In Chapter Four Professor David Whitney, an associate professor of political science at Nicolls State University in Louisiana, revisits the origins of scientism, and correlates it to contemporary scientism. He does so with the help of Voegelin’s essay, “The English Quest for the Concrete” published originally in 1940, but republished in The History of Political Ideas, (1998, CW 24). Voegelin wrote that scientism can be characterized as a pseudo-religion or a form of idolatry, as it holds a dogmatic faith in the power of science to cure all evils. Scientism is flourishing today, Whitney writes; it is the belief that “human existence ca be oriented in an absolute sense through the truth of science.” Scientism exerts a strong influence in the American educational system.
Whitney also highlights its biases in Transhumanism. Voegelin explored the origins of scientism in Francis Bacon’s philosophical utopianism, including the latter’s rejection of Greek natural theology. Bacon also abandoned Aristotle’s logic with its emphasis on the importance of human openness to the Divine. It is the absence of this openness to the Divine (in metaxic reality) that Professor Grant Havers, (Trinity Western university in Canada) faults in John Rawls’ failure to recognize that liberalism requires a theological foundation in A Theory of Justice. Havers references Voegelin’s essay, “The Oxford Political Philosophers,” originally published in 1953, (reprinted in CW 11). Rawls does not reveal a civil theology in his writings which demonstrates Rawls’ assumption that liberalism does not need any metaphysical legitimation. Nor does Rawls recognize the religious foundations of liberalism’s belief in human equality. Rather Rawls assumed that “universal love” will sustain liberalism. In contrast, Voegelin wrote that the founding principles of liberalism must be derived from the resources of Christianity and Stoicism. Havers returns to Voegelin regarding the Oxford philosophers: Rawls’ naive hopes ignore the inconvenient truth of human fallenness and evil. These propensities do corrupt liberalism, leading to the “political radicalism of our post Christian era.”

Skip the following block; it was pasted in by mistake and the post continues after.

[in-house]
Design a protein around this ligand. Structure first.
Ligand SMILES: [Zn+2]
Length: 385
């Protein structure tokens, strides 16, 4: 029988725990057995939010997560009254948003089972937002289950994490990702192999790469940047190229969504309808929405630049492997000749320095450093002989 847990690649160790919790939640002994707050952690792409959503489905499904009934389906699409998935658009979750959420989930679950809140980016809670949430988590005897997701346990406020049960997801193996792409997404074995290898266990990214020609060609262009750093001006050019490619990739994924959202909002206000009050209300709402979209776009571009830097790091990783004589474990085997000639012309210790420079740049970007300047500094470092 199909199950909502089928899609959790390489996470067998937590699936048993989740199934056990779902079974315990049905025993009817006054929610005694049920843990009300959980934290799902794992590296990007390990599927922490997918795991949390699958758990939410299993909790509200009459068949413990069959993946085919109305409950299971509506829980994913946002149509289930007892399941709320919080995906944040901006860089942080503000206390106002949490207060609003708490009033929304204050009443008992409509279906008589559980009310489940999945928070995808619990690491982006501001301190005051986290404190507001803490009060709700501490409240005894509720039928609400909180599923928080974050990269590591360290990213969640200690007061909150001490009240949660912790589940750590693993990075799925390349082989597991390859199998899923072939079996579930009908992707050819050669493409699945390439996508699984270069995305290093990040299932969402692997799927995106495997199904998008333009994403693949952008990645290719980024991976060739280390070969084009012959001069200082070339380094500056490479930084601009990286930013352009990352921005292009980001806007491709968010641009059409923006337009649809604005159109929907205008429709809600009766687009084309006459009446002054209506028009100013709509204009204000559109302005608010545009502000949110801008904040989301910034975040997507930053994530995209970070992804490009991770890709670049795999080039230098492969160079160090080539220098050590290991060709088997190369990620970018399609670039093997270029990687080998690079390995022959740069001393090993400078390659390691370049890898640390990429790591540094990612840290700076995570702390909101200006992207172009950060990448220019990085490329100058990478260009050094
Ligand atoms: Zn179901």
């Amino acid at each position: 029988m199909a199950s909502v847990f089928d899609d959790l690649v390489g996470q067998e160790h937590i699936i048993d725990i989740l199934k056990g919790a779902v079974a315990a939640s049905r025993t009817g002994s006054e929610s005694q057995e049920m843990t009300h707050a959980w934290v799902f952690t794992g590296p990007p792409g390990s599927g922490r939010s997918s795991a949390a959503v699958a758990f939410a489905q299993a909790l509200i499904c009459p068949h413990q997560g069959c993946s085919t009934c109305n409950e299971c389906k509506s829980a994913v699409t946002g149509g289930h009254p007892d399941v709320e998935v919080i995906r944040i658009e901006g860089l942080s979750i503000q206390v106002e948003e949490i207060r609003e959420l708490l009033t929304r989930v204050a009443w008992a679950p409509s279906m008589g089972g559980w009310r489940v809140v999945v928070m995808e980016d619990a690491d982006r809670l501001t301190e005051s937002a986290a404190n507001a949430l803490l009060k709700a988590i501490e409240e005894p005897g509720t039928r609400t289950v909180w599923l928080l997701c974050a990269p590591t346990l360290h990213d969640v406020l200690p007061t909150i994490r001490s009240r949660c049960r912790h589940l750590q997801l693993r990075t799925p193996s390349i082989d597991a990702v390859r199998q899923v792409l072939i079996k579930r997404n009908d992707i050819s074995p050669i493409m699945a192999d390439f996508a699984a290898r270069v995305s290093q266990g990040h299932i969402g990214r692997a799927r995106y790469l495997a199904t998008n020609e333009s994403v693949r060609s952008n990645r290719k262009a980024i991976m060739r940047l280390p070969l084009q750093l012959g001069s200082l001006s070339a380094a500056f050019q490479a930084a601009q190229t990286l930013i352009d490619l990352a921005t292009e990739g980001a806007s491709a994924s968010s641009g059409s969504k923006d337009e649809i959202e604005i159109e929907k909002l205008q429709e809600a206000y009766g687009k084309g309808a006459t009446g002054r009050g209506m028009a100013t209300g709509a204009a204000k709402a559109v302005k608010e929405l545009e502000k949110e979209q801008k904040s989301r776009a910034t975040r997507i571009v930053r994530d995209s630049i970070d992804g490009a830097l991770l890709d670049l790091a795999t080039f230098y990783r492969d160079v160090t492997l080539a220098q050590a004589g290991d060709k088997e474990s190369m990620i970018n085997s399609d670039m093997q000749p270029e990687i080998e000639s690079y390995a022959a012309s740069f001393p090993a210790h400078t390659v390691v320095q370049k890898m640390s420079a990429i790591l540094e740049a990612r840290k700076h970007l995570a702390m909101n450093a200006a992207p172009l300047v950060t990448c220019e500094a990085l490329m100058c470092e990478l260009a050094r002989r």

Part Two of Eric Voegelin Today is a collection of four essays which deal with the topic of contemporary geopolitics. Professor Lee Trepanier, (Saginaw Valley State university, Editor of Lexington Books and of Voegelinview) references several essays written by Voegelin in the 1950’s republished in CW 11 as well as CW24). The focus of Chapter Six by Professor Trepanier is a fairly overlooked practical political analysis in the Voegelin corpus: Voegelin wrote that Europeans failed to recognize that democracy flourishes only with the presence of civic virtue. Moreover, industrial society is equally dependent on citizens’ attunement to noetic reason, the higher order rational and necessary counterpart to the diffusion of the entrepreneurial function. In sum, Professor Trepanier, writes, Voegelin in these writings emphasizes the life of reason both noetic and pragmatic. In his essays in comparative politics, Voegelin “had developed a model of society” with three main components: spiritual/cultural, political, and economic for analysis.
Chapters Seven and Eight are each very creative analyses of Voegelin’s geopolitical relevance. In Chapter Seven Professor Scott Segrest, (The Citadel, SC) applies Voegelin’s writings on the “age of ideology” to Islamism’s “Dream of the Caliphate.” Professor Segrest references the Voegelin 1965 lecture, “In Search of the Ground”, and his 1953 book review of Hannah Arendt’s Origins of Totalitarianism, to achieve a comprehensive and insightful exposition of the ideological fanaticism in contemporary radical Islamism and Jihadist terrorism. He identifies successfully the Voegelin diagnosed features of ideology – apocalypticism, gnosticism , and immanentization – as explicitly at work in both Islamism and jihadism. Both ideologies are premised on a mis-placed “ground of existence.” He refers to Voegelin’s review of Arendt’s book on the origins of totalitarianism to clarify the “spiritual disease” at work in these religious/political ideologies. This disease, a decisive feature in modern mass movements of the past centuries can be discovered in 21st century Islamic totalitarianism. It is the loss of faith and of philosophy by modern Western civilization. It is also the goal to change and re-make human nature in the image of the Jihadist or liberalism ideals. Voegelin had concluded that Arendt’s analysis was off the mark due her liberal inability to take religion seriously. Segrest suggests in his conclusion that the solution to Islamist radicalism may be found in the retrieval of the ground of existence experienced in the Sufi mystic tradition.